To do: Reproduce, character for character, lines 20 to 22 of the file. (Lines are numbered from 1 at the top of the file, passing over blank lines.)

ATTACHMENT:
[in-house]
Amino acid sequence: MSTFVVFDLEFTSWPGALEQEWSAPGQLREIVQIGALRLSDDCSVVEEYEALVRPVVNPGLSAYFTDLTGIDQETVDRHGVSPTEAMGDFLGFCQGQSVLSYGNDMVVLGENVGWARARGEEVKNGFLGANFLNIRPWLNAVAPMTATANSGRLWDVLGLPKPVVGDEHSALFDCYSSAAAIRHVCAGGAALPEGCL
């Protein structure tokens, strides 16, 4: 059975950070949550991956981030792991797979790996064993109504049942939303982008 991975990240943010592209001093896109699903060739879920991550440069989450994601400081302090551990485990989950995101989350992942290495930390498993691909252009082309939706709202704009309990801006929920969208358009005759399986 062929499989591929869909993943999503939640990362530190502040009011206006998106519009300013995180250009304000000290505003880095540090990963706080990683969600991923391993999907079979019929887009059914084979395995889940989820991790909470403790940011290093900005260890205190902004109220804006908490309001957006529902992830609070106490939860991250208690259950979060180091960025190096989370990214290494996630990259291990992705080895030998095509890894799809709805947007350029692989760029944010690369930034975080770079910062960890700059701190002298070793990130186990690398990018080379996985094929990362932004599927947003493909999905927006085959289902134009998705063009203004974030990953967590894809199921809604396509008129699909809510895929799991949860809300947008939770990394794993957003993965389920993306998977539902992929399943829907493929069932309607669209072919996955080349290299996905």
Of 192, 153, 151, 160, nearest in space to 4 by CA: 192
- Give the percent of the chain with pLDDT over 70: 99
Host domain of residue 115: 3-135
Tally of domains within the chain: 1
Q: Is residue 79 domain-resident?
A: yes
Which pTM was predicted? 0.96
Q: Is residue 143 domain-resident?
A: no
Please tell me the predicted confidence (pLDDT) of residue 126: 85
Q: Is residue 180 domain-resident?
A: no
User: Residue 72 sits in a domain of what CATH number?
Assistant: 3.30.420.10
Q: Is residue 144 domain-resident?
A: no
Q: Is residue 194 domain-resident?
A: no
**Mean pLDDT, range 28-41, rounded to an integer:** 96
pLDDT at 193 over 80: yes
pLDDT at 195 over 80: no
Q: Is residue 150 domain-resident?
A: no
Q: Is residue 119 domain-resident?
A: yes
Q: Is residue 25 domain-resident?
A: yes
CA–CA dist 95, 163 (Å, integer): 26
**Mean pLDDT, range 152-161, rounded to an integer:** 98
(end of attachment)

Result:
Q: Is residue 194 domain-resident?
A: no
**Mean pLDDT, range 28-41, rounded to an integer:** 96